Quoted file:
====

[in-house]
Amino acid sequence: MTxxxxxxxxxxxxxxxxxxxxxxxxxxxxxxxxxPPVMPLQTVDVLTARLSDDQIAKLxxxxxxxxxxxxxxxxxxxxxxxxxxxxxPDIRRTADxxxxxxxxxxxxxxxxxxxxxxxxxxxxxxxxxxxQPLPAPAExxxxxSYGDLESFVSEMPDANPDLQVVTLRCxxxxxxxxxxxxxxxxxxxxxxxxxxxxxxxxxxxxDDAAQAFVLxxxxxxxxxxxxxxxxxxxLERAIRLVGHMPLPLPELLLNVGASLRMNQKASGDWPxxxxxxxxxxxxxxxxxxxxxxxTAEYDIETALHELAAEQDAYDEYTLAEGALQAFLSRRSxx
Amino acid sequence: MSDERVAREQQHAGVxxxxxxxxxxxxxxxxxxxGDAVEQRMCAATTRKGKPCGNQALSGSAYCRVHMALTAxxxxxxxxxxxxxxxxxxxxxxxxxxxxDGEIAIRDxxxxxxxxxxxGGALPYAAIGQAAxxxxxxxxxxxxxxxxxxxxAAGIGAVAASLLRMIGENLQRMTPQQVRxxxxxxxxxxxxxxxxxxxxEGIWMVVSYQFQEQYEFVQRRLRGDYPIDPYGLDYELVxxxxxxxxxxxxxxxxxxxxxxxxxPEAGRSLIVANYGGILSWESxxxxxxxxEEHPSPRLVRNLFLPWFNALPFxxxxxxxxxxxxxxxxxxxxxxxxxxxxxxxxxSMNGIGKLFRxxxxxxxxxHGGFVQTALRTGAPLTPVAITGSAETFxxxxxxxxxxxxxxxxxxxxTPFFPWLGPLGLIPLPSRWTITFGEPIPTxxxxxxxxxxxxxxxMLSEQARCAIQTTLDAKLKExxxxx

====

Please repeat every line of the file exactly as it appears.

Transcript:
[in-house]
Amino acid sequence: MTxxxxxxxxxxxxxxxxxxxxxxxxxxxxxxxxxPPVMPLQTVDVLTARLSDDQIAKLxxxxxxxxxxxxxxxxxxxxxxxxxxxxxPDIRRTADxxxxxxxxxxxxxxxxxxxxxxxxxxxxxxxxxxxQPLPAPAExxxxxSYGDLESFVSEMPDANPDLQVVTLRCxxxxxxxxxxxxxxxxxxxxxxxxxxxxxxxxxxxxDDAAQAFVLxxxxxxxxxxxxxxxxxxxLERAIRLVGHMPLPLPELLLNVGASLRMNQKASGDWPxxxxxxxxxxxxxxxxxxxxxxxTAEYDIETALHELAAEQDAYDEYTLAEGALQAFLSRRSxx
Amino acid sequence: MSDERVAREQQHAGVxxxxxxxxxxxxxxxxxxxGDAVEQRMCAATTRKGKPCGNQALSGSAYCRVHMALTAxxxxxxxxxxxxxxxxxxxxxxxxxxxxDGEIAIRDxxxxxxxxxxxGGALPYAAIGQAAxxxxxxxxxxxxxxxxxxxxAAGIGAVAASLLRMIGENLQRMTPQQVRxxxxxxxxxxxxxxxxxxxxEGIWMVVSYQFQEQYEFVQRRLRGDYPIDPYGLDYELVxxxxxxxxxxxxxxxxxxxxxxxxxPEAGRSLIVANYGGILSWESxxxxxxxxEEHPSPRLVRNLFLPWFNALPFxxxxxxxxxxxxxxxxxxxxxxxxxxxxxxxxxSMNGIGKLFRxxxxxxxxxHGGFVQTALRTGAPLTPVAITGSAETFxxxxxxxxxxxxxxxxxxxxTPFFPWLGPLGLIPLPSRWTITFGEPIPTxxxxxxxxxxxxxxxMLSEQARCAIQTTLDAKLKExxxxx